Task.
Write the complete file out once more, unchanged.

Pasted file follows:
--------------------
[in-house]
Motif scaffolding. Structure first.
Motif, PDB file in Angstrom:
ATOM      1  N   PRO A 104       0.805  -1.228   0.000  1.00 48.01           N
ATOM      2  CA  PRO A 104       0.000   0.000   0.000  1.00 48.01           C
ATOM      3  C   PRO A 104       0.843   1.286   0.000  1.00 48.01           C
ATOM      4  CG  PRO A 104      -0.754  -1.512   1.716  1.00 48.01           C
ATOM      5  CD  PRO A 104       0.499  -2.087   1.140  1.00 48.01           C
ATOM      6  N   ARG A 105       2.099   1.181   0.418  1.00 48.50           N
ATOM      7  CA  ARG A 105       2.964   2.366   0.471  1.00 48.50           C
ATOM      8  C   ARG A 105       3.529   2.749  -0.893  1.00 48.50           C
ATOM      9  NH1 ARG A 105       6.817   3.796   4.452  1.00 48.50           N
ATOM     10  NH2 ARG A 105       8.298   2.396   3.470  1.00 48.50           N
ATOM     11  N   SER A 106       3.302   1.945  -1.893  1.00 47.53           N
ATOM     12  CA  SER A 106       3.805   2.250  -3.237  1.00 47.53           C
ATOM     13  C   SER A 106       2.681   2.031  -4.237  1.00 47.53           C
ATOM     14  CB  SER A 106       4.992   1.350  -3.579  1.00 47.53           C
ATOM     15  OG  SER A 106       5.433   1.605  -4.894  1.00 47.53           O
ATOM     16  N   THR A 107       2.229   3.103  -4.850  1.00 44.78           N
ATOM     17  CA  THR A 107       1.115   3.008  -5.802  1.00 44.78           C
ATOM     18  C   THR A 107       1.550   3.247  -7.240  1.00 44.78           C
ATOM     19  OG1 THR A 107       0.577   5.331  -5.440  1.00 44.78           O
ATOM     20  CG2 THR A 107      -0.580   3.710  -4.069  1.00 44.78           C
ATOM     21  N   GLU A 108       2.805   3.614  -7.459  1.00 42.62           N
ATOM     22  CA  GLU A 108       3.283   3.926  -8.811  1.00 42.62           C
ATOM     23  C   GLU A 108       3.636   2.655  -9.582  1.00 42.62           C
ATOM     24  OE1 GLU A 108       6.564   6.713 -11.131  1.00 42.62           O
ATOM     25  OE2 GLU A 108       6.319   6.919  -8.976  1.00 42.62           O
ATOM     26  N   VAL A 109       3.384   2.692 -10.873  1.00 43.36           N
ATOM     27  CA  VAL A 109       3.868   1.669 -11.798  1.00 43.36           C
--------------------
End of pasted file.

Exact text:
[in-house]
Motif scaffolding. Structure first.
Motif, PDB file in Angstrom:
ATOM      1  N   PRO A 104       0.805  -1.228   0.000  1.00 48.01           N
ATOM      2  CA  PRO A 104       0.000   0.000   0.000  1.00 48.01           C
ATOM      3  C   PRO A 104       0.843   1.286   0.000  1.00 48.01           C
ATOM      4  CG  PRO A 104      -0.754  -1.512   1.716  1.00 48.01           C
ATOM      5  CD  PRO A 104       0.499  -2.087   1.140  1.00 48.01           C
ATOM      6  N   ARG A 105       2.099   1.181   0.418  1.00 48.50           N
ATOM      7  CA  ARG A 105       2.964   2.366   0.471  1.00 48.50           C
ATOM      8  C   ARG A 105       3.529   2.749  -0.893  1.00 48.50           C
ATOM      9  NH1 ARG A 105       6.817   3.796   4.452  1.00 48.50           N
ATOM     10  NH2 ARG A 105       8.298   2.396   3.470  1.00 48.50           N
ATOM     11  N   SER A 106       3.302   1.945  -1.893  1.00 47.53           N
ATOM     12  CA  SER A 106       3.805   2.250  -3.237  1.00 47.53           C
ATOM     13  C   SER A 106       2.681   2.031  -4.237  1.00 47.53           C
ATOM     14  CB  SER A 106       4.992   1.350  -3.579  1.00 47.53           C
ATOM     15  OG  SER A 106       5.433   1.605  -4.894  1.00 47.53           O
ATOM     16  N   THR A 107       2.229   3.103  -4.850  1.00 44.78           N
ATOM     17  CA  THR A 107       1.115   3.008  -5.802  1.00 44.78           C
ATOM     18  C   THR A 107       1.550   3.247  -7.240  1.00 44.78           C
ATOM     19  OG1 THR A 107       0.577   5.331  -5.440  1.00 44.78           O
ATOM     20  CG2 THR A 107      -0.580   3.710  -4.069  1.00 44.78           C
ATOM     21  N   GLU A 108       2.805   3.614  -7.459  1.00 42.62           N
ATOM     22  CA  GLU A 108       3.283   3.926  -8.811  1.00 42.62           C
ATOM     23  C   GLU A 108       3.636   2.655  -9.582  1.00 42.62           C
ATOM     24  OE1 GLU A 108       6.564   6.713 -11.131  1.00 42.62           O
ATOM     25  OE2 GLU A 108       6.319   6.919  -8.976  1.00 42.62           O
ATOM     26  N   VAL A 109       3.384   2.692 -10.873  1.00 43.36           N
ATOM     27  CA  VAL A 109       3.868   1.669 -11.798  1.00 43.36           C